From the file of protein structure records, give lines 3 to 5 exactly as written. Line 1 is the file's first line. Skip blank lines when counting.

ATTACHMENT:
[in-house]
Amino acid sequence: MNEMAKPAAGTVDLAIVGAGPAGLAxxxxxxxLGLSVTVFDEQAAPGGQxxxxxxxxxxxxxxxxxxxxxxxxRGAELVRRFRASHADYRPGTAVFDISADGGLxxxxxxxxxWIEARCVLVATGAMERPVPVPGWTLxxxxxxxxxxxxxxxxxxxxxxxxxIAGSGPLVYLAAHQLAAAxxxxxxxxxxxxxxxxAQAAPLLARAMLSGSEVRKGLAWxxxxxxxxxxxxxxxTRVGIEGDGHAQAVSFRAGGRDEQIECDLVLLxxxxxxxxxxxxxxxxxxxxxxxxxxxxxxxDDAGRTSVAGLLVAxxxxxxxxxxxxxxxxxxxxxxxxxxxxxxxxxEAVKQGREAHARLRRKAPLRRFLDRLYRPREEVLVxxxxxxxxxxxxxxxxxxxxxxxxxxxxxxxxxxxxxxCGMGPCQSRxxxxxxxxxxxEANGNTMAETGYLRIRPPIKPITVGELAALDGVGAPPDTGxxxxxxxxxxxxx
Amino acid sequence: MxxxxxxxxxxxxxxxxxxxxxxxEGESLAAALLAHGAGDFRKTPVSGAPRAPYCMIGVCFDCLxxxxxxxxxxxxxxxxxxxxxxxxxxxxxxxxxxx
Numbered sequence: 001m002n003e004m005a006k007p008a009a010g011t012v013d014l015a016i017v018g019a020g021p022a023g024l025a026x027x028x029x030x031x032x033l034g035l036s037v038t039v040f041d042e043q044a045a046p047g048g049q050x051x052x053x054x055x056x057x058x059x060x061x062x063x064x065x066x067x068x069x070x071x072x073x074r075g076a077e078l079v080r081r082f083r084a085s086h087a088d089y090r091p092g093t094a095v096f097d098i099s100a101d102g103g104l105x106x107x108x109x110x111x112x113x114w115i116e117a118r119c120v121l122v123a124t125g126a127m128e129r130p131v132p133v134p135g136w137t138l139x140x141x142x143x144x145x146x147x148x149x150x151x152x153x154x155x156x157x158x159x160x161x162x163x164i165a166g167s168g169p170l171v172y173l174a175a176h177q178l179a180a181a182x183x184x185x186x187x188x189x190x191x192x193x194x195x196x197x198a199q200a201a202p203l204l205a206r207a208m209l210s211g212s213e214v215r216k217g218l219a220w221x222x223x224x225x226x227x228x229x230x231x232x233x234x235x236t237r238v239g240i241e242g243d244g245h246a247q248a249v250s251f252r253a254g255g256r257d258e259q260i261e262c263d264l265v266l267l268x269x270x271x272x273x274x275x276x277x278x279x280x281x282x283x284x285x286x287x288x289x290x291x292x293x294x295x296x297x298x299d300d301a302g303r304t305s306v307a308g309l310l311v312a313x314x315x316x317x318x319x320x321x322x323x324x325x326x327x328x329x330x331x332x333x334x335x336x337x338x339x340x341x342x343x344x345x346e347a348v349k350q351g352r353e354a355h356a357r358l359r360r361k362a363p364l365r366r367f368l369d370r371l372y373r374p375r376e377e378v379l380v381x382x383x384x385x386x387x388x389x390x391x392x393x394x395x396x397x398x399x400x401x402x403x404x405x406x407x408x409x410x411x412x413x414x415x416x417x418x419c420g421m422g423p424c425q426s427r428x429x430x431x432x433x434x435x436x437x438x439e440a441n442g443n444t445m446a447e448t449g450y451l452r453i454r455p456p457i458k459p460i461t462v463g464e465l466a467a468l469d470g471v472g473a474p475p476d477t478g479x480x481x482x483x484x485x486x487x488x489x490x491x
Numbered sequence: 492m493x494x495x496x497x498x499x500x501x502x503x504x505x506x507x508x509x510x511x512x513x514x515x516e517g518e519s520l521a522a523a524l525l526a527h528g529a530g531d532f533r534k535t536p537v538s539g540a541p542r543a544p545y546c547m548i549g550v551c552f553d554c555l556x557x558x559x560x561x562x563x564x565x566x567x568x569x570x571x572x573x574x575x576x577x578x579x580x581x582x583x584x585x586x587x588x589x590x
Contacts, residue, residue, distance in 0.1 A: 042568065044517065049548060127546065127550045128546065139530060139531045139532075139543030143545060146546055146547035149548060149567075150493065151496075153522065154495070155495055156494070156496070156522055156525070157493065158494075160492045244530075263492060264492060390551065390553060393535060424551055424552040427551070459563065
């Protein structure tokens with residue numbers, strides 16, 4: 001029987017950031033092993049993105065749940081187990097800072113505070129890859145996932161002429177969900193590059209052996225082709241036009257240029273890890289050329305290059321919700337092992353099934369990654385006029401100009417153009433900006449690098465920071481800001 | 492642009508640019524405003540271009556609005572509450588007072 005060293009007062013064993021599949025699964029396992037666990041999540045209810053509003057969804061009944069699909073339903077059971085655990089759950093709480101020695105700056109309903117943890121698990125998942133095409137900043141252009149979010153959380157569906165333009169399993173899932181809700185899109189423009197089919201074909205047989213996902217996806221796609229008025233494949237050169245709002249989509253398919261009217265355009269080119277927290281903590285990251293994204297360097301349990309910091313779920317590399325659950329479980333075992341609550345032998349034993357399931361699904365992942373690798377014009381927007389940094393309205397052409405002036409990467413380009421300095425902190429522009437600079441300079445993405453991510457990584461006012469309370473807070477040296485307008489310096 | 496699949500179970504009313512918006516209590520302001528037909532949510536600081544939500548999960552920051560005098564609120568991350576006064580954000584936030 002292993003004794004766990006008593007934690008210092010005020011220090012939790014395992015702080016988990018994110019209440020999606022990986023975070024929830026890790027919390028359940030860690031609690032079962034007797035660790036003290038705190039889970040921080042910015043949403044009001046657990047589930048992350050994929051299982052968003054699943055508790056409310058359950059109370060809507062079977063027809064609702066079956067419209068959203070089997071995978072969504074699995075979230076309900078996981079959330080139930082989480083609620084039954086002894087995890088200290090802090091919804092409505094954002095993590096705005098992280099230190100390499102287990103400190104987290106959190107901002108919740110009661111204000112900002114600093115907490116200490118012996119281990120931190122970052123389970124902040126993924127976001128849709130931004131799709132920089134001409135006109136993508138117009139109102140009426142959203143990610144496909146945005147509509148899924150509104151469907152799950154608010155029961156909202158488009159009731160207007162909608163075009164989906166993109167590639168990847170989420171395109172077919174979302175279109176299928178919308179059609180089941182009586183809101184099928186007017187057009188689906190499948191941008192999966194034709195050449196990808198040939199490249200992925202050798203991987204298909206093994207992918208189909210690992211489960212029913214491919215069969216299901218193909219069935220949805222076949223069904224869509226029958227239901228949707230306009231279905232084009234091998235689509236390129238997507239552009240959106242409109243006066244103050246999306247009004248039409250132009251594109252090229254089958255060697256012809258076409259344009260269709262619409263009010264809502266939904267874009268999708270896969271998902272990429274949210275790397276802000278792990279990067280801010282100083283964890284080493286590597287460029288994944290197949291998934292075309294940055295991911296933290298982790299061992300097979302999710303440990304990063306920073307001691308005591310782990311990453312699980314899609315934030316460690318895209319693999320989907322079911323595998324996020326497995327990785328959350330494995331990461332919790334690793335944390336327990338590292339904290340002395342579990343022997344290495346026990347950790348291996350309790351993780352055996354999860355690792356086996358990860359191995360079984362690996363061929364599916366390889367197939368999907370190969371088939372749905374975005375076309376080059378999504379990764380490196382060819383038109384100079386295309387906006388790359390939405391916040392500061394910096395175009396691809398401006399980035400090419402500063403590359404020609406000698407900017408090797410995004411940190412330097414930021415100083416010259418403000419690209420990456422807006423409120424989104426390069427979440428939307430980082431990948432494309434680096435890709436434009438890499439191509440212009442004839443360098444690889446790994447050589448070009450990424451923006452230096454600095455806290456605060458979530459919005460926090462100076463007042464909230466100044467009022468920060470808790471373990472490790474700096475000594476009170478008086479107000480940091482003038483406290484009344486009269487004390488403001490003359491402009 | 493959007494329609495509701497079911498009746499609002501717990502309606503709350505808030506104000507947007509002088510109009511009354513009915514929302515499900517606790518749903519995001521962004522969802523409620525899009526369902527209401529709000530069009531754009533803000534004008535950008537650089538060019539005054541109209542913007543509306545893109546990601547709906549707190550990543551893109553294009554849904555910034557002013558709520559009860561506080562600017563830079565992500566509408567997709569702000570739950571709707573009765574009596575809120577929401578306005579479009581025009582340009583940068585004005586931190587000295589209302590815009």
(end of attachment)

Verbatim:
Amino acid sequence: MxxxxxxxxxxxxxxxxxxxxxxxEGESLAAALLAHGAGDFRKTPVSGAPRAPYCMIGVCFDCLxxxxxxxxxxxxxxxxxxxxxxxxxxxxxxxxxxx
Numbered sequence: 001m002n003e004m005a006k007p008a009a010g011t012v013d014l015a016i017v018g019a020g021p022a023g024l025a026x027x028x029x030x031x032x033l034g035l036s037v038t039v040f041d042e043q044a045a046p047g048g049q050x051x052x053x054x055x056x057x058x059x060x061x062x063x064x065x066x067x068x069x070x071x072x073x074r075g076a077e078l079v080r081r082f083r084a085s086h087a088d089y090r091p092g093t094a095v096f097d098i099s100a101d102g103g104l105x106x107x108x109x110x111x112x113x114w115i116e117a118r119c120v121l122v123a124t125g126a127m128e129r130p131v132p133v134p135g136w137t138l139x140x141x142x143x144x145x146x147x148x149x150x151x152x153x154x155x156x157x158x159x160x161x162x163x164i165a166g167s168g169p170l171v172y173l174a175a176h177q178l179a180a181a182x183x184x185x186x187x188x189x190x191x192x193x194x195x196x197x198a199q200a201a202p203l204l205a206r207a208m209l210s211g212s213e214v215r216k217g218l219a220w221x222x223x224x225x226x227x228x229x230x231x232x233x234x235x236t237r238v239g240i241e242g243d244g245h246a247q248a249v250s251f252r253a254g255g256r257d258e259q260i261e262c263d264l265v266l267l268x269x270x271x272x273x274x275x276x277x278x279x280x281x282x283x284x285x286x287x288x289x290x291x292x293x294x295x296x297x298x299d300d301a302g303r304t305s306v307a308g309l310l311v312a313x314x315x316x317x318x319x320x321x322x323x324x325x326x327x328x329x330x331x332x333x334x335x336x337x338x339x340x341x342x343x344x345x346e347a348v349k350q351g352r353e354a355h356a357r358l359r360r361k362a363p364l365r366r367f368l369d370r371l372y373r374p375r376e377e378v379l380v381x382x383x384x385x386x387x388x389x390x391x392x393x394x395x396x397x398x399x400x401x402x403x404x405x406x407x408x409x410x411x412x413x414x415x416x417x418x419c420g421m422g423p424c425q426s427r428x429x430x431x432x433x434x435x436x437x438x439e440a441n442g443n444t445m446a447e448t449g450y451l452r453i454r455p456p457i458k459p460i461t462v463g464e465l466a467a468l469d470g471v472g473a474p475p476d477t478g479x480x481x482x483x484x485x486x487x488x489x490x491x
Numbered sequence: 492m493x494x495x496x497x498x499x500x501x502x503x504x505x506x507x508x509x510x511x512x513x514x515x516e517g518e519s520l521a522a523a524l525l526a527h528g529a530g531d532f533r534k535t536p537v538s539g540a541p542r543a544p545y546c547m548i549g550v551c552f553d554c555l556x557x558x559x560x561x562x563x564x565x566x567x568x569x570x571x572x573x574x575x576x577x578x579x580x581x582x583x584x585x586x587x588x589x590x